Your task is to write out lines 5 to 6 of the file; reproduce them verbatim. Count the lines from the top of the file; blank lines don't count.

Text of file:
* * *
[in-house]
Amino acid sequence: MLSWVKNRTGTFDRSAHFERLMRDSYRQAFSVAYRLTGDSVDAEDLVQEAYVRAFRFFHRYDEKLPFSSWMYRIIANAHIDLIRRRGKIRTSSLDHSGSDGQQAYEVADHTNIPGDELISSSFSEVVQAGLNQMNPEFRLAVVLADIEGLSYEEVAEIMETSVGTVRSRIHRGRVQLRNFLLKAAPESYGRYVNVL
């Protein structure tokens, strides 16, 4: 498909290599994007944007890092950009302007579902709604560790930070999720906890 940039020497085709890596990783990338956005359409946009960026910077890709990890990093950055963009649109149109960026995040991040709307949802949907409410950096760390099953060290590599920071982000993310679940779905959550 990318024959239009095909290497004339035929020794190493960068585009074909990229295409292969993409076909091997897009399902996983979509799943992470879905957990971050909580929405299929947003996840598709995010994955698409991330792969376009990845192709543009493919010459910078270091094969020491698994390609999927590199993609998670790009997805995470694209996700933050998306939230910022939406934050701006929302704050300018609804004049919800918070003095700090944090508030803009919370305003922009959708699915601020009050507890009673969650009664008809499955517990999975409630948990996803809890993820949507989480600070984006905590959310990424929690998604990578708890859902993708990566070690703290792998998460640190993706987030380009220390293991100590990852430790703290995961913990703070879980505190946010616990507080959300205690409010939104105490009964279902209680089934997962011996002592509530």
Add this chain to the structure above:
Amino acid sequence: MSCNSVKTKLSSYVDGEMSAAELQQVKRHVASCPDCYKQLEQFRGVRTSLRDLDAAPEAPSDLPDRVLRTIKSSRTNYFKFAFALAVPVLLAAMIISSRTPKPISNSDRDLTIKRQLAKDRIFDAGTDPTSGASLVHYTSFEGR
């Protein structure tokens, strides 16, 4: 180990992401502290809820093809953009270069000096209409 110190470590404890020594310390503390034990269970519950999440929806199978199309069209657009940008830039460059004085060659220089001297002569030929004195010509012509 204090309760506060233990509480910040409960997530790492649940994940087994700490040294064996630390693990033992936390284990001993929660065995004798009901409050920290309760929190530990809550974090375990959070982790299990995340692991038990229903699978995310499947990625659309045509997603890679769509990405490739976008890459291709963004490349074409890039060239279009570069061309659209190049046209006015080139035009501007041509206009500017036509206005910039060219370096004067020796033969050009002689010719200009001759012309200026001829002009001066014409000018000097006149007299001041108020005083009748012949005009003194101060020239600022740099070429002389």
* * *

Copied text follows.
Amino acid sequence: MSCNSVKTKLSSYVDGEMSAAELQQVKRHVASCPDCYKQLEQFRGVRTSLRDLDAAPEAPSDLPDRVLRTIKSSRTNYFKFAFALAVPVLLAAMIISSRTPKPISNSDRDLTIKRQLAKDRIFDAGTDPTSGASLVHYTSFEGR
């Protein structure tokens, strides 16, 4: 180990992401502290809820093809953009270069000096209409 110190470590404890020594310390503390034990269970519950999440929806199978199309069209657009940008830039460059004085060659220089001297002569030929004195010509012509 204090309760506060233990509480910040409960997530790492649940994940087994700490040294064996630390693990033992936390284990001993929660065995004798009901409050920290309760929190530990809550974090375990959070982790299990995340692991038990229903699978995310499947990625659309045509997603890679769509990405490739976008890459291709963004490349074409890039060239279009570069061309659209190049046209006015080139035009501007041509206009500017036509206005910039060219370096004067020796033969050009002689010719200009001759012309200026001829002009001066014409000018000097006149007299001041108020005083009748012949005009003194101060020239600022740099070429002389």